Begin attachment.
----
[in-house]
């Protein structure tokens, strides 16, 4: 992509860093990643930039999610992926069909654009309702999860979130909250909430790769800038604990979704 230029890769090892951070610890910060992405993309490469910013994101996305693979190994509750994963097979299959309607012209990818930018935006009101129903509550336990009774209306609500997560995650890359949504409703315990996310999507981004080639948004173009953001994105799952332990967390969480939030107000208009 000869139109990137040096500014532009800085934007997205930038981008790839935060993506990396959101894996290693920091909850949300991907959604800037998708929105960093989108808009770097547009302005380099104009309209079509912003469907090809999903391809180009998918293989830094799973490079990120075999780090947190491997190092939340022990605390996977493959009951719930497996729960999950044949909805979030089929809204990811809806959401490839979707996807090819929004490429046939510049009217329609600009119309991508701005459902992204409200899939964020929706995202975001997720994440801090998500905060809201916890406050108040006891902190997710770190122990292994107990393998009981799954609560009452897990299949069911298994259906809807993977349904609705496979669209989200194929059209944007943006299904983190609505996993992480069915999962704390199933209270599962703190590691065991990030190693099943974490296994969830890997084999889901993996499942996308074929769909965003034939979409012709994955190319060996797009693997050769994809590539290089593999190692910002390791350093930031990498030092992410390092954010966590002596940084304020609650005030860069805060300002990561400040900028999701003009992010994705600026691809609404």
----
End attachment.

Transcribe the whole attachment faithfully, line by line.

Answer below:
[in-house]
């Protein structure tokens, strides 16, 4: 992509860093990643930039999610992926069909654009309702999860979130909250909430790769800038604990979704 230029890769090892951070610890910060992405993309490469910013994101996305693979190994509750994963097979299959309607012209990818930018935006009101129903509550336990009774209306609500997560995650890359949504409703315990996310999507981004080639948004173009953001994105799952332990967390969480939030107000208009 000869139109990137040096500014532009800085934007997205930038981008790839935060993506990396959101894996290693920091909850949300991907959604800037998708929105960093989108808009770097547009302005380099104009309209079509912003469907090809999903391809180009998918293989830094799973490079990120075999780090947190491997190092939340022990605390996977493959009951719930497996729960999950044949909805979030089929809204990811809806959401490839979707996807090819929004490429046939510049009217329609600009119309991508701005459902992204409200899939964020929706995202975001997720994440801090998500905060809201916890406050108040006891902190997710770190122990292994107990393998009981799954609560009452897990299949069911298994259906809807993977349904609705496979669209989200194929059209944007943006299904983190609505996993992480069915999962704390199933209270599962703190590691065991990030190693099943974490296994969830890997084999889901993996499942996308074929769909965003034939979409012709994955190319060996797009693997050769994809590539290089593999190692910002390791350093930031990498030092992410390092954010966590002596940084304020609650005030860069805060300002990561400040900028999701003009992010994705600026691809609404």